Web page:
2014-2015 ReDI Cohort


Elizabeth Bucar

Associate Professor of Religious Studies

Professor Bucar received her M.A. and Ph.D. in Religious Ethics from The University of Chicago. Professor Bucar works within the Islamic and Christian traditions on issues of gender, politics, and emergent technologies (new media and medical advances). Professor Bucar is currently working on two new comparative projects tentatively titled The Good of Ambiguous Bodies: The Comparative Ethics of Transsexuality and Pious Fashion: The Virtues of Hijabi Fashionistas. She co-chairs the Comparative Religious Ethics Group at the American Academy of Religion and serves on the board of the Society for the Study of Muslim Ethics.

Current Activities: Dean’s Leadership Fellow in CSSH


Jennifer Dy

Professor of Electrical and Computer Engineering

Professor Dy earned her M.A. and Ph.D. in Electrical and Computer Engineering from Purdue University. Her research interests include machine learning, data mining, statistical pattern recognition, and their application to biomedical image analysis, health, science and engineering. In particular, her research focuses on developing algorithms for clustering high-dimensional data and on applied machine learning.


Deniz Erdogmus

Associate Professor of Electrical and Computer Engineering

Professor Erdogmus received his M.S. from Middle East Technical University and his Ph.D. in Electrical Engineering from the University of Florida. His expertise is in information theoretic and nonparametric machine learning and adaptive signal processing, specifically focusing on cognitive signal processing including brain interfaces and assistive technologies. Professor Erdogmus has been serving as an associate editor IEEE Transactions on Signal Processing, Transactions on Neural Networks, Signal Processing Letters, and Elsevier Neurocomputing.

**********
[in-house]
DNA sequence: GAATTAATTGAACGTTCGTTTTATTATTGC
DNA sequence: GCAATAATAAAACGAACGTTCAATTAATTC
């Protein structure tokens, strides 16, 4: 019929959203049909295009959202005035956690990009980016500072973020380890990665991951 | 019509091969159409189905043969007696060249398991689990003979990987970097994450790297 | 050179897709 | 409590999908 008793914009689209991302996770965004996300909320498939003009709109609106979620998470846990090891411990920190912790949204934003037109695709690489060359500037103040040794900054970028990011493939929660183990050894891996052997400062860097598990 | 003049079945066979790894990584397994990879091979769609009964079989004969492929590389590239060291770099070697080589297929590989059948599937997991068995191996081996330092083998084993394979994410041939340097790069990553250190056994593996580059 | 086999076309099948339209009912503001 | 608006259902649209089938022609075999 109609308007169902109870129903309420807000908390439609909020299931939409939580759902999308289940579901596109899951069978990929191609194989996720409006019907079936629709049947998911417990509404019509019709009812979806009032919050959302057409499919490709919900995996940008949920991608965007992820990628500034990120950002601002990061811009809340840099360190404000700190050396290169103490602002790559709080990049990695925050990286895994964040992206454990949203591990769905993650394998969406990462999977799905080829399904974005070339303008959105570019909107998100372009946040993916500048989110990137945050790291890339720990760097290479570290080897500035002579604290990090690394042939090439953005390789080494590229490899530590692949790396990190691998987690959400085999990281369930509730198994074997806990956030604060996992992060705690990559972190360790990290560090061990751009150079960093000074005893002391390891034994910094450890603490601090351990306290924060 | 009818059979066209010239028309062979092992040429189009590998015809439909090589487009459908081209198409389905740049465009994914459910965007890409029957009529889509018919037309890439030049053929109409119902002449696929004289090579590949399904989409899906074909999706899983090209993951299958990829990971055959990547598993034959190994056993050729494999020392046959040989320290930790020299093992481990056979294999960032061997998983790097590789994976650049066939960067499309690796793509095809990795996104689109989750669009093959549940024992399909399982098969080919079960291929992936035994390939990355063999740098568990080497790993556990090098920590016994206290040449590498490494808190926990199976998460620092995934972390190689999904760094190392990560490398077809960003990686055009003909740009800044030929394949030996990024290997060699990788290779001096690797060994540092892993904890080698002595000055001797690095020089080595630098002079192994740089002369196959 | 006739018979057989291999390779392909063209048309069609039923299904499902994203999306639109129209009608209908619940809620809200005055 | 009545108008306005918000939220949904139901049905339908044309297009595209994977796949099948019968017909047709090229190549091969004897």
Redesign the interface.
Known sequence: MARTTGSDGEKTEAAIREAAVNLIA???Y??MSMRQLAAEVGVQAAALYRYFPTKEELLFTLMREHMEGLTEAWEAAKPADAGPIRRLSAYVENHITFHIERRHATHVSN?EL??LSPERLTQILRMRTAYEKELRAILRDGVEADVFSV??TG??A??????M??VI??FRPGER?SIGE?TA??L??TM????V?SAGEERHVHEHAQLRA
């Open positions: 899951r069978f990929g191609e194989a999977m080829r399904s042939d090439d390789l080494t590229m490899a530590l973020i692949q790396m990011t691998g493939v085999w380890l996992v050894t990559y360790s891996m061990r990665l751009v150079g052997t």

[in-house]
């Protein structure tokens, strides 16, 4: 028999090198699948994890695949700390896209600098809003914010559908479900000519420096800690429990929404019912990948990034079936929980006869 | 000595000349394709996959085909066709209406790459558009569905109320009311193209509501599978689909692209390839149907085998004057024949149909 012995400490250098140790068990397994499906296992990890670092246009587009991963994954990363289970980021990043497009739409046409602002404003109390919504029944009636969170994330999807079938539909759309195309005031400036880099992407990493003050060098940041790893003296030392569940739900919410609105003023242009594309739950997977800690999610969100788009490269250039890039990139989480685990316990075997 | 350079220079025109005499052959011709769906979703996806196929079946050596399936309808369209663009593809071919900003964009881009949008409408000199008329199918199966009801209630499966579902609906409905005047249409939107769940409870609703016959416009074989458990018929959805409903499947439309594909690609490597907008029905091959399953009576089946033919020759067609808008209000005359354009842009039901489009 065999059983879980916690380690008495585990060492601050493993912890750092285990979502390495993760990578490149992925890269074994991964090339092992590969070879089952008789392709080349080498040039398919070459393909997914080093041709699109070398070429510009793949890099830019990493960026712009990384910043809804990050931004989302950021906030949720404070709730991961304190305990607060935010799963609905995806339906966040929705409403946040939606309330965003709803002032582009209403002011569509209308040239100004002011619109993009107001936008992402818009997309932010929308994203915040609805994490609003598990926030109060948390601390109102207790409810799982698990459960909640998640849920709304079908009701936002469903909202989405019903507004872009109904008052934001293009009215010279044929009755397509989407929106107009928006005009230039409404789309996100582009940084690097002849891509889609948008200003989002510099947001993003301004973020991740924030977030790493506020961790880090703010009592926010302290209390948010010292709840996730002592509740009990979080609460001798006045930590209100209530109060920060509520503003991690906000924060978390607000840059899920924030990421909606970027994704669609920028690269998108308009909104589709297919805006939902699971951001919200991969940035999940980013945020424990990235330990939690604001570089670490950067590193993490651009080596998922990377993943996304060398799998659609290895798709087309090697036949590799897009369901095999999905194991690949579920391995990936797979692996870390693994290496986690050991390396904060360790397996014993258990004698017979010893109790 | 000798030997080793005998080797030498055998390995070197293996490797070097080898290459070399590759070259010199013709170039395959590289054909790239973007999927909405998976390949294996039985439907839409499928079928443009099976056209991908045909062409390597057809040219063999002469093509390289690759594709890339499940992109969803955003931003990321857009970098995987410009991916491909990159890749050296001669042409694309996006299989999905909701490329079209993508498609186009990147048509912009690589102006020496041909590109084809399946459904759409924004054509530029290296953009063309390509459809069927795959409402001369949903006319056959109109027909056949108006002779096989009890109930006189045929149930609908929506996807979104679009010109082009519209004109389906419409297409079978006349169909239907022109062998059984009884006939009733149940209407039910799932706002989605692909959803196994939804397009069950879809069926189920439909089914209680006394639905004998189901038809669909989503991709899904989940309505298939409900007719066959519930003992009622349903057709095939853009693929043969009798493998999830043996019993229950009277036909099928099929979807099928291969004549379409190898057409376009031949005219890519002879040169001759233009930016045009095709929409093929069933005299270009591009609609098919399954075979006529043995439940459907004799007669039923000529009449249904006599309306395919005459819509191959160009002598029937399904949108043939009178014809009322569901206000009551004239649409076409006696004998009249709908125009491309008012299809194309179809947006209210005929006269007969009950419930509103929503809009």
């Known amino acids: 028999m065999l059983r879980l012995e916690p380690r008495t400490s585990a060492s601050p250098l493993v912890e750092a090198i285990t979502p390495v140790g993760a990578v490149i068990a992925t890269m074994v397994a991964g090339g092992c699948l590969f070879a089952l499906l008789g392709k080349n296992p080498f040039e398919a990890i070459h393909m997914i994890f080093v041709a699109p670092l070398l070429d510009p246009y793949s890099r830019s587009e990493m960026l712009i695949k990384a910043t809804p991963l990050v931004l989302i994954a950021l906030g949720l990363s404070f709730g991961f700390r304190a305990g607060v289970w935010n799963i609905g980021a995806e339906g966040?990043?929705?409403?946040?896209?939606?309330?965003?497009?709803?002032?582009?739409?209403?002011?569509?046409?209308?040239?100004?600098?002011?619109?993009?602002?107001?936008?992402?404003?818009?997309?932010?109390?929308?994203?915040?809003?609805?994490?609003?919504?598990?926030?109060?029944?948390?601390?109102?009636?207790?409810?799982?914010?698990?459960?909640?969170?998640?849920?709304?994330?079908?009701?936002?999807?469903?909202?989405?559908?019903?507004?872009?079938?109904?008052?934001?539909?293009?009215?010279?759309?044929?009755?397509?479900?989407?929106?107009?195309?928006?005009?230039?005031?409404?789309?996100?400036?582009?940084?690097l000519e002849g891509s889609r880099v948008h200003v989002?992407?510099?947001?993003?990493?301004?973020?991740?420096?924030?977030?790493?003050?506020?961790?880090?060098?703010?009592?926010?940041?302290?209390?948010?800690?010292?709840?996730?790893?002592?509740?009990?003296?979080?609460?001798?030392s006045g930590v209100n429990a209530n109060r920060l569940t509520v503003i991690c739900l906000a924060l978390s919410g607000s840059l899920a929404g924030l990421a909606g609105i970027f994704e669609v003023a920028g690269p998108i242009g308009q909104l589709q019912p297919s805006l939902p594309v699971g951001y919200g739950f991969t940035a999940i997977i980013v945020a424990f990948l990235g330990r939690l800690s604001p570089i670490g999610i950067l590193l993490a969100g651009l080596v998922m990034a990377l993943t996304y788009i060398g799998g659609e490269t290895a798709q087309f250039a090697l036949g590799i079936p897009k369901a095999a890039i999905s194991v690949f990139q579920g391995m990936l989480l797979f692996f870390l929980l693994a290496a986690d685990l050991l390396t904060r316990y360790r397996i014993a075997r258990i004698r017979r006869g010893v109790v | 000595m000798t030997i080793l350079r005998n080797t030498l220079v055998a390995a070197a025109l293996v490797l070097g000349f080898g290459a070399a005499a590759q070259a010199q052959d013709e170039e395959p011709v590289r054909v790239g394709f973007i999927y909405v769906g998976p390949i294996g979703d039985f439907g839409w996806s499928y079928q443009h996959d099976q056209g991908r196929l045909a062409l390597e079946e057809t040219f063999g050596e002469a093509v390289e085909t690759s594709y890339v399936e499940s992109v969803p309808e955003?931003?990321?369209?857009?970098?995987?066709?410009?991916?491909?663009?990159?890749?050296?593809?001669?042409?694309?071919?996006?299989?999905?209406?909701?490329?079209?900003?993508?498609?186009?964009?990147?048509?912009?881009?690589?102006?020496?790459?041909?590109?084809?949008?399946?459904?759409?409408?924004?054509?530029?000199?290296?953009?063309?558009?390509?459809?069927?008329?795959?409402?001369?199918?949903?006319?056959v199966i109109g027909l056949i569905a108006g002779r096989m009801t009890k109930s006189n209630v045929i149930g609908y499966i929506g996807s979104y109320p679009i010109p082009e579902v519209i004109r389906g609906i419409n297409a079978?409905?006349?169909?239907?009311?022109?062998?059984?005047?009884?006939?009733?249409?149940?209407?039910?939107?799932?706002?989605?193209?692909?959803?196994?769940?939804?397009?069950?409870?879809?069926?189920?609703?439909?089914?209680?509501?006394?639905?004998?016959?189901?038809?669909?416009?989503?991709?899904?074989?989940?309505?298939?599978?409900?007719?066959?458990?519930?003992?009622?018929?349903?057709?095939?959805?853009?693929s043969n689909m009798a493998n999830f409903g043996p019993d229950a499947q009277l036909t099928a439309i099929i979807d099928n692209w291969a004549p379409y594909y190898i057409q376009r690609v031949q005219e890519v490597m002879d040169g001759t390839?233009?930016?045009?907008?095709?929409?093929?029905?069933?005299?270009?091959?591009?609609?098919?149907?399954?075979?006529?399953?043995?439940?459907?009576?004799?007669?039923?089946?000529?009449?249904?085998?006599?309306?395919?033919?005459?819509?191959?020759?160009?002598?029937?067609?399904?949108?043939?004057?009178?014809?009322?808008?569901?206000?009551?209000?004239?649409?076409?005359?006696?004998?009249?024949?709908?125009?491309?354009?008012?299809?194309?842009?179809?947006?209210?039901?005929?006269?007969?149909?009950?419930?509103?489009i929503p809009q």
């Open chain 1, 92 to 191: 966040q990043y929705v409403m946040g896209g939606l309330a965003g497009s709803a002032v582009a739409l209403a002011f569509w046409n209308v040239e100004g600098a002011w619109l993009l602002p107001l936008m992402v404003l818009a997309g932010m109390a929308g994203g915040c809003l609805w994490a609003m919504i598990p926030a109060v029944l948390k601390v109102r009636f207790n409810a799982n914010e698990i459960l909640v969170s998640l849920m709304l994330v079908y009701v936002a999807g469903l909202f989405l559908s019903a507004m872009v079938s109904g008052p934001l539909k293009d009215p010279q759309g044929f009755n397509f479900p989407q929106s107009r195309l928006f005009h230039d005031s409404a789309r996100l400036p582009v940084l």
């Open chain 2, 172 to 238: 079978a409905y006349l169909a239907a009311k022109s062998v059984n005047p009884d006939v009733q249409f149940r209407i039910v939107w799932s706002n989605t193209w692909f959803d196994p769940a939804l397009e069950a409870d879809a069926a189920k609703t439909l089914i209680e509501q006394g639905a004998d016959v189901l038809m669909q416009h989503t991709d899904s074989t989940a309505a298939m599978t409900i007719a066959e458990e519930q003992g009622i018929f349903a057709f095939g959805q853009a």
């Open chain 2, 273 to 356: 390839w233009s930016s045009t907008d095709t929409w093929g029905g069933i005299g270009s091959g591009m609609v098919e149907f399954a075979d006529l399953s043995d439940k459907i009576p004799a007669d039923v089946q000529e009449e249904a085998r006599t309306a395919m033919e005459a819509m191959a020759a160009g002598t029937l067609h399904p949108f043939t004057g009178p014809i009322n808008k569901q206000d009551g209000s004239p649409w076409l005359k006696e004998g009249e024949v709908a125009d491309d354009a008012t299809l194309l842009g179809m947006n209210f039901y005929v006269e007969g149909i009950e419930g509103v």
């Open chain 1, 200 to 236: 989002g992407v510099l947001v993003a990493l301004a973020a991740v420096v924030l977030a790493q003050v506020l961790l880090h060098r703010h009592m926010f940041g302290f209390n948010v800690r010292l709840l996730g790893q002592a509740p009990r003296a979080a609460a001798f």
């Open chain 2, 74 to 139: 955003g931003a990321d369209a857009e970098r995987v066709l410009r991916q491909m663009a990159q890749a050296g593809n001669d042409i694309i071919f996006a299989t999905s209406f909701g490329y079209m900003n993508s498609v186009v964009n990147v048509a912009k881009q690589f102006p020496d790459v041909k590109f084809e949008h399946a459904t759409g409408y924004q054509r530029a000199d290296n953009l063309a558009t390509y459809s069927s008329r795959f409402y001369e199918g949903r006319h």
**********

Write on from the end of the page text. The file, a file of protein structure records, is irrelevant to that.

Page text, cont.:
Amy Farrell

Associate Professor of Criminology and Criminal Justice

Professor Farrell received her M.S. in Sociology from the University of Delaware and her Ph.D. in Law, Policy and Society from Northeastern University. Her research focuses on the administration of justice with primary emphasis on measuring the effect of race and gender in police, prosecution and sentencing practices.  In recent research, she has examined how variable levels of racial group and gender representation among court workgroups relate to district-level differences in sentencing.  Professor Farrell is also engaged in research examining how jury outcomes, particularly the factors that predict and explain acquittals.


Veronica Godoy-Carter

Associate Professor of Biology

Professor Godoy-Carter earned her Ph.D. in Molecular Biology and Microbiology from Tufts University Medical School. Her research focuses on an MPC formed by components involved in important DNA transactions when cells are exposed to DNA damage, with the long-term goal to learn about the mechanisms that regulate the activity of error-prone Y family DNA polymerases. This will lead to a good understanding of the involvement of error prone Y family DNA polymerases in the evolution of important functions such as antibiotic resistance. This research will contribute to the general understanding of mutagenesis, since Y family polymerases are conserved from bacteria to humans.


Jonathan Grabowski

Associate Professor of Marine and Environmental Sciences

Professor Grabowski earned his Ph.D. from University of North Carolina at Chapel Hill. His research interests span issues in ecology, fisheries and conservation biology, and ecological economics.  His research involves a variety of estuarine (oyster reef, seagrass, salt marsh, mud bottom) and marine (kelp bed, cobble-ledge) systems to examine how resource availability, habitat heterogeneity and predation risk affect population dynamics, community structure, and ecosystem functioning.


Neal Lerner

Associate Professor of English

Professor Lerner received his Ed.D. from Boston University. His research interests include composition and rhetoric, writing across the curriculum, writing centers, literacy, writing research methodologies. Professor Lerner is the director of Writing in the Disciplines.